The VW factory councils are vehemently opposed to such a loss of influence and have undertaken legal measures to oppose the deal. At the supervisory board meeting last Friday, IG Metall and works council representatives at VW requested that future projects between Porsche and VW, such as the use of VW engines in Porsche models, should require the agreement of the VW supervisory board. This would limit Porsche’s influence in future and award Piech veto rights in the company’s control committee.

The representatives on the employer side were opposed to the union demand, and the casting vote fell to Piech. Piech neglected to attend the meeting, however, thus enabling the union side to secure a majority.

Wolfgang Porsche, chairman of the Porsche supervisory board and also member of the VW supervisory board—and a cousin of Piech—reacted caustically: “I am furious with the voting tactics adopted by the VW supervisory board chairman.” Now, the Porsche clan is seeking to recall Piech as head of the VW supervisory board.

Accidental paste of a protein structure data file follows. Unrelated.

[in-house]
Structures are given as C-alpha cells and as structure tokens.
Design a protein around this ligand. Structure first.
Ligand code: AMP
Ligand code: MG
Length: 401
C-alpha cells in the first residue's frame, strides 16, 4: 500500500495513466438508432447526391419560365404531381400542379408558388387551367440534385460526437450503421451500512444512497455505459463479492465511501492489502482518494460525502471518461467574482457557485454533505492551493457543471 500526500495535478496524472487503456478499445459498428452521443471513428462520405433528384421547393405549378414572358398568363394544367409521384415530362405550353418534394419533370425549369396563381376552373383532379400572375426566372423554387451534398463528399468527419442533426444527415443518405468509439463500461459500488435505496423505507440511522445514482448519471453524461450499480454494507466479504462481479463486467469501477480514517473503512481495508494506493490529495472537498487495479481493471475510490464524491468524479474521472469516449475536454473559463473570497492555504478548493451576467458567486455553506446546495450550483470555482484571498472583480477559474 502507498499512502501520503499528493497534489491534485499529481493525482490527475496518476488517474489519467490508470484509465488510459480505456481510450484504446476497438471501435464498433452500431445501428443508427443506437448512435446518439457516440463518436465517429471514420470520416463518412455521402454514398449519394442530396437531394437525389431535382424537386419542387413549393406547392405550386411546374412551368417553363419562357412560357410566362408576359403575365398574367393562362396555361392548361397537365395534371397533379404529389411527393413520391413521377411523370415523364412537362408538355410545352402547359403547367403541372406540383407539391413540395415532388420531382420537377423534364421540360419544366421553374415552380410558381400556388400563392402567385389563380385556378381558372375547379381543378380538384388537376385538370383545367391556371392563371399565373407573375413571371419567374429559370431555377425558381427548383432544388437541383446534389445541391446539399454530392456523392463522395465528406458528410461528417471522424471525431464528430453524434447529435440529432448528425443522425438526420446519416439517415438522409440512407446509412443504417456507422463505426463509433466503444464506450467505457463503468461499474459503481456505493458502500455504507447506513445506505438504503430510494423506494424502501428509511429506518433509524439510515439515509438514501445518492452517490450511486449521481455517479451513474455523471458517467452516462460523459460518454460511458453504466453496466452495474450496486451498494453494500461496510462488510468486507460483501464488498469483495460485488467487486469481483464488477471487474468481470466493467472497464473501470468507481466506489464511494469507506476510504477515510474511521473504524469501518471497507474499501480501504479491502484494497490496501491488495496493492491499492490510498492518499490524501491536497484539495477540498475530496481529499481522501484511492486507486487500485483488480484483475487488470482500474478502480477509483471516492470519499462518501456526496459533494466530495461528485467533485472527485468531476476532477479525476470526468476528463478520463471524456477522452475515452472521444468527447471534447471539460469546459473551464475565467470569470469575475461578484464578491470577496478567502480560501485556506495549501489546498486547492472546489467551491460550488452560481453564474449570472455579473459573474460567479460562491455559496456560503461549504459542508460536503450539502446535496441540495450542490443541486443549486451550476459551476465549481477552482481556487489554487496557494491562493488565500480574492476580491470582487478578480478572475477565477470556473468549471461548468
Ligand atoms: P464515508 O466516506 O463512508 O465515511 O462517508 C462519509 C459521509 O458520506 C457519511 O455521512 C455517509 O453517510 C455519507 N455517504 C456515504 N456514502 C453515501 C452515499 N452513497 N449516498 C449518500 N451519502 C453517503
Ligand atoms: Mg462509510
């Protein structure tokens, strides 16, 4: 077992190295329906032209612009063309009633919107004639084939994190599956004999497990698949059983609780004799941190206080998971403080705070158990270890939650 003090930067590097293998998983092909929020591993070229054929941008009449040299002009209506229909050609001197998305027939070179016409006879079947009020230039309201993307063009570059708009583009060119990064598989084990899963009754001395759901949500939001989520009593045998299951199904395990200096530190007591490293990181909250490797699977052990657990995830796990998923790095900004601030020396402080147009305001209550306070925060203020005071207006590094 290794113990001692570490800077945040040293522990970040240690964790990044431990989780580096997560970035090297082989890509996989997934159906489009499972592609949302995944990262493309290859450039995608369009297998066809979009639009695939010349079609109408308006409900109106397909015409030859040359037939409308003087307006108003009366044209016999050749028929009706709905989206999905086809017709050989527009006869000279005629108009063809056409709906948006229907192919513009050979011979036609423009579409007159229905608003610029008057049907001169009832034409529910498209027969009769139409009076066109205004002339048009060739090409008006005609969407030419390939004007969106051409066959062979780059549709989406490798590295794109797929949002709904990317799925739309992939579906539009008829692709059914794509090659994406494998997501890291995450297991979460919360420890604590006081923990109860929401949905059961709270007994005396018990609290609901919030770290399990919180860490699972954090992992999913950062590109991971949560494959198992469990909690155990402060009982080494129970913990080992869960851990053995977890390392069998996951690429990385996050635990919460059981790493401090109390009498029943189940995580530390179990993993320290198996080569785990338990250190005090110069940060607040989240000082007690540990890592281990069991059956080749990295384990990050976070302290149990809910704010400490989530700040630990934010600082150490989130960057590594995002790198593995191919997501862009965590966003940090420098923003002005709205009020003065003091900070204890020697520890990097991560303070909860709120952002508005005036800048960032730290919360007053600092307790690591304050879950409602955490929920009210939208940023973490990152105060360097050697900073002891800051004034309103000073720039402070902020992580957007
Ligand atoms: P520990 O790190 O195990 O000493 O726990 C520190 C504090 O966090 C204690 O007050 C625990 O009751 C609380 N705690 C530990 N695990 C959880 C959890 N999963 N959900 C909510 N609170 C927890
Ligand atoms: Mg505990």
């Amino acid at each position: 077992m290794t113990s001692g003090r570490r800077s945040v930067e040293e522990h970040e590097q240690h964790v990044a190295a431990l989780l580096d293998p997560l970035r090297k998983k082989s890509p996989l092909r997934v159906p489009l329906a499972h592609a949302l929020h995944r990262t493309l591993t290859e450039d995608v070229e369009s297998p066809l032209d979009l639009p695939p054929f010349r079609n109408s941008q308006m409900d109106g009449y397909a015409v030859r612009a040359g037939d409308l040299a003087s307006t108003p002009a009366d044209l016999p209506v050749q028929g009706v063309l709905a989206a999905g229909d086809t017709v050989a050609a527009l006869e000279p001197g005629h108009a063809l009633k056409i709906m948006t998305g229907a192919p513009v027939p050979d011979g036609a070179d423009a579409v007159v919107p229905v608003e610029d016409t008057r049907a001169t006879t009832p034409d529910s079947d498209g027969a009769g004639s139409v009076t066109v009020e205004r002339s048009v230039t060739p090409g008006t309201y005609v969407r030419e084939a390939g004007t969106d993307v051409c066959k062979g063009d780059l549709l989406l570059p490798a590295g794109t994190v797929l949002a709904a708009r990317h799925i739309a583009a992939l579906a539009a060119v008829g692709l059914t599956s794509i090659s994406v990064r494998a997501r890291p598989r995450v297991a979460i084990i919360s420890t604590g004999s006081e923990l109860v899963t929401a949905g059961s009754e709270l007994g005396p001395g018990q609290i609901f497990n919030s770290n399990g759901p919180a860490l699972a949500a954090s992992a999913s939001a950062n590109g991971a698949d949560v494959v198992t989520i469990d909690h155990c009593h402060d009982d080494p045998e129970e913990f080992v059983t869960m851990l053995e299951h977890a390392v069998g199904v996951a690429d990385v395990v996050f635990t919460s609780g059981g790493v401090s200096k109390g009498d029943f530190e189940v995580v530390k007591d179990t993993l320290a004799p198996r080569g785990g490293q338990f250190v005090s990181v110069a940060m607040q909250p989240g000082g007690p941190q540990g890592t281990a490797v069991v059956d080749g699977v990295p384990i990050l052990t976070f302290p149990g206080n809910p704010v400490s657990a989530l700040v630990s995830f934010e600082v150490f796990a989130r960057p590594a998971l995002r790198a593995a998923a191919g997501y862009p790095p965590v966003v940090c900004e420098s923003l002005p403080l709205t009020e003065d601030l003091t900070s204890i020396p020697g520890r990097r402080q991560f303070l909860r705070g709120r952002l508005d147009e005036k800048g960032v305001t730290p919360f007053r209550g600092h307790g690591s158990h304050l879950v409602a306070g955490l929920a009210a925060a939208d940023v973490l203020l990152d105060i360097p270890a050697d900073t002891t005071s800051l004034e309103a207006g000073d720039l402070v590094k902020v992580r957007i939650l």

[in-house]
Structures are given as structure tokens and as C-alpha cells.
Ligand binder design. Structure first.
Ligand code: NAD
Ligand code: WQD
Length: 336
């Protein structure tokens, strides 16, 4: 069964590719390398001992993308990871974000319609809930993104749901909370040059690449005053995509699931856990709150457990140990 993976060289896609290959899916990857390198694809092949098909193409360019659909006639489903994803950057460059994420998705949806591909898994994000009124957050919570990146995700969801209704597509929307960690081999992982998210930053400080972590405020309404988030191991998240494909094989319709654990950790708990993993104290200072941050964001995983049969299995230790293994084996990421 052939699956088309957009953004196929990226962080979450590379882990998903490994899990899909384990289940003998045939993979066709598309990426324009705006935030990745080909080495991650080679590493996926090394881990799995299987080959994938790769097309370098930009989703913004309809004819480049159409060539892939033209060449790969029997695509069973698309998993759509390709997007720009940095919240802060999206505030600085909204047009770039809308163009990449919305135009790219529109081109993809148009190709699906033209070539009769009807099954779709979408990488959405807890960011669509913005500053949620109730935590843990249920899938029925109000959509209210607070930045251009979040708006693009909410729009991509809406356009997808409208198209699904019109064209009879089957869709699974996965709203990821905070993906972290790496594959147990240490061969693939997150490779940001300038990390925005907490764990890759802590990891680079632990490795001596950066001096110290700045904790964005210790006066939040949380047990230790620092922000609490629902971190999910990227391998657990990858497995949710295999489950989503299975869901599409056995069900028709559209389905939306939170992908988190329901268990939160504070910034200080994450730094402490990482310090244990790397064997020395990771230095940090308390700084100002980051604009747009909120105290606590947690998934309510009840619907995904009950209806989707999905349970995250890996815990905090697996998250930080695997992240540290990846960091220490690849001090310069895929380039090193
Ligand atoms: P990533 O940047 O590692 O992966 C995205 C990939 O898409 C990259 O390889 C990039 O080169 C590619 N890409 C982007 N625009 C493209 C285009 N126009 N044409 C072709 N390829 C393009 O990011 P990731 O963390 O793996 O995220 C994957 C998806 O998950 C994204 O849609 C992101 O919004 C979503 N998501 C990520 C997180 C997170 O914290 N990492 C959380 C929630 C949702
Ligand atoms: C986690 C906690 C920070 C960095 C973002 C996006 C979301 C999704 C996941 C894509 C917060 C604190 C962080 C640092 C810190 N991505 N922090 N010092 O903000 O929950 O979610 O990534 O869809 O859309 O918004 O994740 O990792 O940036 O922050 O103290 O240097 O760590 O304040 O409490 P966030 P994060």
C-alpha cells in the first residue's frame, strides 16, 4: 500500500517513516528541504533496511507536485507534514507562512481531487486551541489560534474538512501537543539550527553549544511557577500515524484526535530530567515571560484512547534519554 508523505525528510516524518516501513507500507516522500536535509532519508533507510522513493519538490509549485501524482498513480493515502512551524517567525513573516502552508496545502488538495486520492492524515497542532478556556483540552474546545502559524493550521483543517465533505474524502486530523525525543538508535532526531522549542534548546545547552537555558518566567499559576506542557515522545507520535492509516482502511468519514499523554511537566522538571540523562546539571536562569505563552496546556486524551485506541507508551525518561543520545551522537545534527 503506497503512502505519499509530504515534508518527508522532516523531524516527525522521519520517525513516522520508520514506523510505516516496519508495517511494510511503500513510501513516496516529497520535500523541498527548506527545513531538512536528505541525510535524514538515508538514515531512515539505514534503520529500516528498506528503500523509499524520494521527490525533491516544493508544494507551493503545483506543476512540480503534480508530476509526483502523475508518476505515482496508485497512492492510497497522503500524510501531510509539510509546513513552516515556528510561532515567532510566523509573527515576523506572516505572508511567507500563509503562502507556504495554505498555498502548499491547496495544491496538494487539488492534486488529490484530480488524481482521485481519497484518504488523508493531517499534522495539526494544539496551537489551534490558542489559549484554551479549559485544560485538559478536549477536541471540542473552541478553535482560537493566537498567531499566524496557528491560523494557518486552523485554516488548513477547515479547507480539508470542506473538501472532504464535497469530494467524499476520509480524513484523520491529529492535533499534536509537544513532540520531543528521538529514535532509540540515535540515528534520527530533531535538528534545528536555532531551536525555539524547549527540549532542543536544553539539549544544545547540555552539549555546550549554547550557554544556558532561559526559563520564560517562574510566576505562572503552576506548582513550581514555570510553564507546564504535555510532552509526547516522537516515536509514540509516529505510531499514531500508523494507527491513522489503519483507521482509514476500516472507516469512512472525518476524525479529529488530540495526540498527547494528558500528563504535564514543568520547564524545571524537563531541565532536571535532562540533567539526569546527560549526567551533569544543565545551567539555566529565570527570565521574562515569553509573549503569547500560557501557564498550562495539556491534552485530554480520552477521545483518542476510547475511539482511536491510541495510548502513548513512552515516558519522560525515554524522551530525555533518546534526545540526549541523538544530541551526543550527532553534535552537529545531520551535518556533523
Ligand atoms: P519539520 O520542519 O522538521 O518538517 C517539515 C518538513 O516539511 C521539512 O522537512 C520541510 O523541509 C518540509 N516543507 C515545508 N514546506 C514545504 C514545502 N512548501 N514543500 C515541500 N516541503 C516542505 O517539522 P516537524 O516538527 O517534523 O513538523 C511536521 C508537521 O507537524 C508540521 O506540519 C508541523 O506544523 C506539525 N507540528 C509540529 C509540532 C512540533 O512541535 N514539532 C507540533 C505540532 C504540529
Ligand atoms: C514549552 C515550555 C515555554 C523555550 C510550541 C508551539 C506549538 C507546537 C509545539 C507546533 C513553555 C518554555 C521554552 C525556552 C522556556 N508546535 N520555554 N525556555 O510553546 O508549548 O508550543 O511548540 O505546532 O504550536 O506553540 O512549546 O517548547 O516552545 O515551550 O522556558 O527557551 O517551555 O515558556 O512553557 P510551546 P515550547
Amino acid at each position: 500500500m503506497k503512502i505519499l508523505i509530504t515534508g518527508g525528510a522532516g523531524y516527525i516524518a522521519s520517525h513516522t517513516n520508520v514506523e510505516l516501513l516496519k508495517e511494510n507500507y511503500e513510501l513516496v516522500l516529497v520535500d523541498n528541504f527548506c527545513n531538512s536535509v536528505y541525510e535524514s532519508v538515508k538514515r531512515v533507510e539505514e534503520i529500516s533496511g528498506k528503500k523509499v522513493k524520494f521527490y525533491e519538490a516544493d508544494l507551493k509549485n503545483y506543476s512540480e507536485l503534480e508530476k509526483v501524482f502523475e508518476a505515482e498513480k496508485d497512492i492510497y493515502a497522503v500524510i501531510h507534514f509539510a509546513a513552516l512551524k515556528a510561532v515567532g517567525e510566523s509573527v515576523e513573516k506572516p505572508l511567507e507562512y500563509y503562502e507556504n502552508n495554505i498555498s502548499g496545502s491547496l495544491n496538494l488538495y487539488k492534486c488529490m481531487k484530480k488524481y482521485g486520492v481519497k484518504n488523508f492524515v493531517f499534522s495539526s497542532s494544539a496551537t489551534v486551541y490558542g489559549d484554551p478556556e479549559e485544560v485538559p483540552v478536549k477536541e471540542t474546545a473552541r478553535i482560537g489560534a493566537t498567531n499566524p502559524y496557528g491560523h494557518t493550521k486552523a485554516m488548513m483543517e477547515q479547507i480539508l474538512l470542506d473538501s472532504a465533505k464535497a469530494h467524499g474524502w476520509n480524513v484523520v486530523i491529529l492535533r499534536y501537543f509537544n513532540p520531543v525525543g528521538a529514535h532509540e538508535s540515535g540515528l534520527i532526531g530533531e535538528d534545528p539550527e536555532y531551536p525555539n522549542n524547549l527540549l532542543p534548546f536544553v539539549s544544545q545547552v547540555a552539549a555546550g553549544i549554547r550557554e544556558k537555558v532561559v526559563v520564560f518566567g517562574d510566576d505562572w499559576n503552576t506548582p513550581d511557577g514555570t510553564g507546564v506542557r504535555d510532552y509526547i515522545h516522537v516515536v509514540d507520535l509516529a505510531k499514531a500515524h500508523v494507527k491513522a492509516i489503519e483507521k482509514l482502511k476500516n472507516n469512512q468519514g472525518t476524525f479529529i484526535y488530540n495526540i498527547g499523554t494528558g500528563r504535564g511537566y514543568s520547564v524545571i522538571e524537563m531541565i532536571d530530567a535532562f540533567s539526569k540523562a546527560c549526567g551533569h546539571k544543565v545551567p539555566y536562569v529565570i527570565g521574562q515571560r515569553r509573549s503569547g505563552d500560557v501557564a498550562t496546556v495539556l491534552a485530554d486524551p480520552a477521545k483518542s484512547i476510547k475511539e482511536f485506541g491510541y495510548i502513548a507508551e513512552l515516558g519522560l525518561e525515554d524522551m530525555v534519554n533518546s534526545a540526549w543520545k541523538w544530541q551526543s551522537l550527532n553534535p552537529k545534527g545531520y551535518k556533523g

This dispute represents the latest chapter in the dispute for influence at VW between two of the most powerful business and family clans in Germany, Piech and Porsche. The fact that individual factory councils and trade union functionaries line up with one or other of these clans, while exploiting the respective company workforces for their own purposes, is further testimony to the right-wing policies of the unions.

VW workers must reject the line of the trade unions and undertake a principled campaign to defend their jobs and social conditions. This requires the adoption of a genuine socialist perspective and the struggle for a society that places the needs of the working population above the profit interests of investors and billionaire shareholders.